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The Daily Wildcat

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The Daily Wildcat

The Daily Wildcat



    Gen eds should be scaled back

    I find it ridiculous that in order to obtain eligibility to enter a certain field of study students are required to take over 21 units of general education courses. As a student who has already decided on a major, I do not find it necessary to waste my time and money taking courses that I would not be willing to take on my own. Do not get me wrong; I am all for taking courses that will broaden my education and enlighten me on topics I have never been introduced to. I just do not believe it should be a requirement that students take two Traditions and Cultures, Individuals and Societies and Natural Sciences courses in addition to Fine Arts and other Tier Two courses. For many students, taking on and trying to complete so many units in order to get into their field of study places them a semester or even a year behind. Coming from out of state, I am already paying $13,682 for tuition and fees every year. I do not enjoy the thought of having to spend more money on an extra semester or year in school due to not being able to finish my prerequisite courses in time. There are students who do not find the courses offered within the Tier One and Tier Two course selections to be the least bit appealing or to have any relevance to their field of study. I am not saying that general education courses should altogether be excluded from a student’s education, just that the number of units required for a student to complete prerequisite courses should be reconsidered.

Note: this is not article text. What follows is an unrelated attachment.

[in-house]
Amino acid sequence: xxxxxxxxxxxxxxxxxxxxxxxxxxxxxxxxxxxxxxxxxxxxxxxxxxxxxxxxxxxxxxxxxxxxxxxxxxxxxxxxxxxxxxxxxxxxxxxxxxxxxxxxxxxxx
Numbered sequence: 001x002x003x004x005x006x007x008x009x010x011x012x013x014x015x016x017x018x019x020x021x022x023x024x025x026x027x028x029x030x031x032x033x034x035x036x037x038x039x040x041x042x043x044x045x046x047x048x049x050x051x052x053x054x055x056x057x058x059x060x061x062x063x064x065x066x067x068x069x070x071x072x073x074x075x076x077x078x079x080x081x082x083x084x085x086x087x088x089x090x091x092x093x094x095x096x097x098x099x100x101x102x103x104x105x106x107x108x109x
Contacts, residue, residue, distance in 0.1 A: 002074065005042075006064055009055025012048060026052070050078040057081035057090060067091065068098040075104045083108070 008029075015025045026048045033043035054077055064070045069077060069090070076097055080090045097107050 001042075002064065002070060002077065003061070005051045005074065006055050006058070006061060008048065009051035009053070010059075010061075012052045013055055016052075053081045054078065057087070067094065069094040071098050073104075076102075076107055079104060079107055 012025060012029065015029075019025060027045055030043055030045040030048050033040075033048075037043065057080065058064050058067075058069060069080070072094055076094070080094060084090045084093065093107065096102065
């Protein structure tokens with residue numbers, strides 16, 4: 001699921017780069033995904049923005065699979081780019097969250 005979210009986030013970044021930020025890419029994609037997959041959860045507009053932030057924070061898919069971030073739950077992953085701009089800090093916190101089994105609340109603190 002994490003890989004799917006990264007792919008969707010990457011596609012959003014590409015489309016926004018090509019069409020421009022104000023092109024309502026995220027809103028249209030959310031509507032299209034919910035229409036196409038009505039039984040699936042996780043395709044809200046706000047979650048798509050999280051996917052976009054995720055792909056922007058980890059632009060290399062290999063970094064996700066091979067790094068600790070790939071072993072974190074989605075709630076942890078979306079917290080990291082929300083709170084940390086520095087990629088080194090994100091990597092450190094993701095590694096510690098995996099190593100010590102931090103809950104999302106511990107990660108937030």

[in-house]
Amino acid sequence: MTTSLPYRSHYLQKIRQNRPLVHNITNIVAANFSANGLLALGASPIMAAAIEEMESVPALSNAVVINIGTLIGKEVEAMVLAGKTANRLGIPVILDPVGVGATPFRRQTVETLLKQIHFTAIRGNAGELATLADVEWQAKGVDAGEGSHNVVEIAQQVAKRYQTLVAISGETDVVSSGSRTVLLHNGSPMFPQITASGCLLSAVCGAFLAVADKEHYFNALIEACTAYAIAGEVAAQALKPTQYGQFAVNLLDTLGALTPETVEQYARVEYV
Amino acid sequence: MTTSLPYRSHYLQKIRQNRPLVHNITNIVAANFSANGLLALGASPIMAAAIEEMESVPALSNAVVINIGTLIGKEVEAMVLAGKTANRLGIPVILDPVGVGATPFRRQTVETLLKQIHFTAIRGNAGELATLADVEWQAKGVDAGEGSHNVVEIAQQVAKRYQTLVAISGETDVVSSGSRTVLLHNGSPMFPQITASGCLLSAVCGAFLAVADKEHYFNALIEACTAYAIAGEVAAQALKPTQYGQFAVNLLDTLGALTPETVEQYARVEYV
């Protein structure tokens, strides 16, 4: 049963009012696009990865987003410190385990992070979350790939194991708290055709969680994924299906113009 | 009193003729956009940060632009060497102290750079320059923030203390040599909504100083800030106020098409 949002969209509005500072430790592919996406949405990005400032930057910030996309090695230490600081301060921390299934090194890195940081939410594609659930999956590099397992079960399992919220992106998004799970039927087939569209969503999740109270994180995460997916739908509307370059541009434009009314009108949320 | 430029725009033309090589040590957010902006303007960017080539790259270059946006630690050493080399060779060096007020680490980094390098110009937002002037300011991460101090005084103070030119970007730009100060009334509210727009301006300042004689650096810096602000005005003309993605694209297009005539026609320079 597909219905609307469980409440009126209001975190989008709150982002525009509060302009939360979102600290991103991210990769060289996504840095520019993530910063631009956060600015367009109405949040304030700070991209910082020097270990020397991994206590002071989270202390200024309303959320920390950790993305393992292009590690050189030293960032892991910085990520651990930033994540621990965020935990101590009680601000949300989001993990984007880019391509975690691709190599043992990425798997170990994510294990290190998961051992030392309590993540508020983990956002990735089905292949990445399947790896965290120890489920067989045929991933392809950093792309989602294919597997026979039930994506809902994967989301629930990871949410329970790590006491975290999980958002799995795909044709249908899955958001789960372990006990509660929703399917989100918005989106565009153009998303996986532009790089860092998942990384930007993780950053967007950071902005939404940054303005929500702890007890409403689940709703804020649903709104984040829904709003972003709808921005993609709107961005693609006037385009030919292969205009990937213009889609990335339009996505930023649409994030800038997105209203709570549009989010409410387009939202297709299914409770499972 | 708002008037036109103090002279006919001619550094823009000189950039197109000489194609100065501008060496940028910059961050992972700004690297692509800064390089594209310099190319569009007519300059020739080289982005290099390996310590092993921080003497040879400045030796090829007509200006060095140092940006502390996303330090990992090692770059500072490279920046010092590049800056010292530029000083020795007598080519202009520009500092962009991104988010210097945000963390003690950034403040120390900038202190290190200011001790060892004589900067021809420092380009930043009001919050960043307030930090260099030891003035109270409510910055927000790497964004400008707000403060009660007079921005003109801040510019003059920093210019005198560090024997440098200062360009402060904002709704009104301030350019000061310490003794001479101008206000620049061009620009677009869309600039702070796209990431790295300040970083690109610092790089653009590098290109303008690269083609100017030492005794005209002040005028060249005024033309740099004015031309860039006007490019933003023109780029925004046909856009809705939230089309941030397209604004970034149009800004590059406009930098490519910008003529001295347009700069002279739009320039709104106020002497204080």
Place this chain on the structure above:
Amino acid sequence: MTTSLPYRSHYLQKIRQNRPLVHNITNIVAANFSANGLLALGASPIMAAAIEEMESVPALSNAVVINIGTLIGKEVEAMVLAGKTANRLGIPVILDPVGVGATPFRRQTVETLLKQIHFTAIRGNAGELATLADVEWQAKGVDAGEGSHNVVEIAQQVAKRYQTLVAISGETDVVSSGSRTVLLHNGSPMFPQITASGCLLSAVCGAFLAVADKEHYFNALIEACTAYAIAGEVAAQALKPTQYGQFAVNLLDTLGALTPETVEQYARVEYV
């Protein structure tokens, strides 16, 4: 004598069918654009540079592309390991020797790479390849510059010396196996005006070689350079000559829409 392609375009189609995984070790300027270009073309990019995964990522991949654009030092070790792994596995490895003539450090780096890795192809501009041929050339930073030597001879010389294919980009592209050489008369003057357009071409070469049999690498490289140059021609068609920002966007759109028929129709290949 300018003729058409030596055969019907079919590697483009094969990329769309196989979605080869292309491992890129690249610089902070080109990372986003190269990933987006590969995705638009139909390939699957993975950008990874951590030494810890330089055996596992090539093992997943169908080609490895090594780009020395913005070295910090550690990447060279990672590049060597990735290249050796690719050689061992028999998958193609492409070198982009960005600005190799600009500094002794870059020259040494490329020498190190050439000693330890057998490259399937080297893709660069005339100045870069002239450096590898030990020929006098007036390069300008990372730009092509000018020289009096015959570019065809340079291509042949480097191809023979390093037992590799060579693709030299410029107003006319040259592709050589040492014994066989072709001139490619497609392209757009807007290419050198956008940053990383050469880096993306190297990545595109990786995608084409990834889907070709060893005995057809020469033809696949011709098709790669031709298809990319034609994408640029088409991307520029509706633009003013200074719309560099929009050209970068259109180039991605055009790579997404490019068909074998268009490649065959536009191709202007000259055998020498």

Veronica Stahl
    pre-nursing freshman

    Bernsen should receive jury trial

    I have to say that I am appalled by what appears to me to be a gross miscarriage of justice at this university. I read yesterday that Cade Bernsen faces punishment by the university merely because, according to the Dean of Students Office, the office found the complaints against him “”credible”” had “”cause to conclude, more likely than not”” than Bernsen engaged in sexual harassment. There is a reason why we are nation of laws according to which people are to be judged by a jury of their peers, are considered innocent of a crime until proven guilty beyond a reasonable doubt and are judged in a public court of law, not in secrecy. It is simply wrong to punish people, and perhaps ruin their lives, merely because someone arbitrarily judges a complaint credible and more likely true than not (51 percent likely, 49 percent unlikely hardly seems just cause to punish someone). Crimes, as well as infractions of university rules, should be proved beyond a reasonable doubt, in a public hearing, to have occurred and should be judged by an impartial jury of peers, not in secrecy by an all-powerful Dean of Students Office.

    Marcus Arvan
    philosophy graduate student

    Major gap between soft- and hard-core porn

    With the recent rants regarding pornography, I would like to offer my two-cents worth. I think it is important to distinguish between soft-core pornography, which I tend to enjoy, and hard-core, which I detest. In the former, artistic merit plays a role and the beauty of both male and female nudes is typically apparent. In the latter, however, male and female nudes are shown engaged in a form of carnal debauchery that appeals to our mammalian senses, not our heightened human ones. It is my opinion that soft-core pornography is acceptable, as it lifts us from the cesspool that is our daily existence and shows us that beauty is indeed possible in this beast of a world. Think about it; do you prefer the present or the anticipation of the present?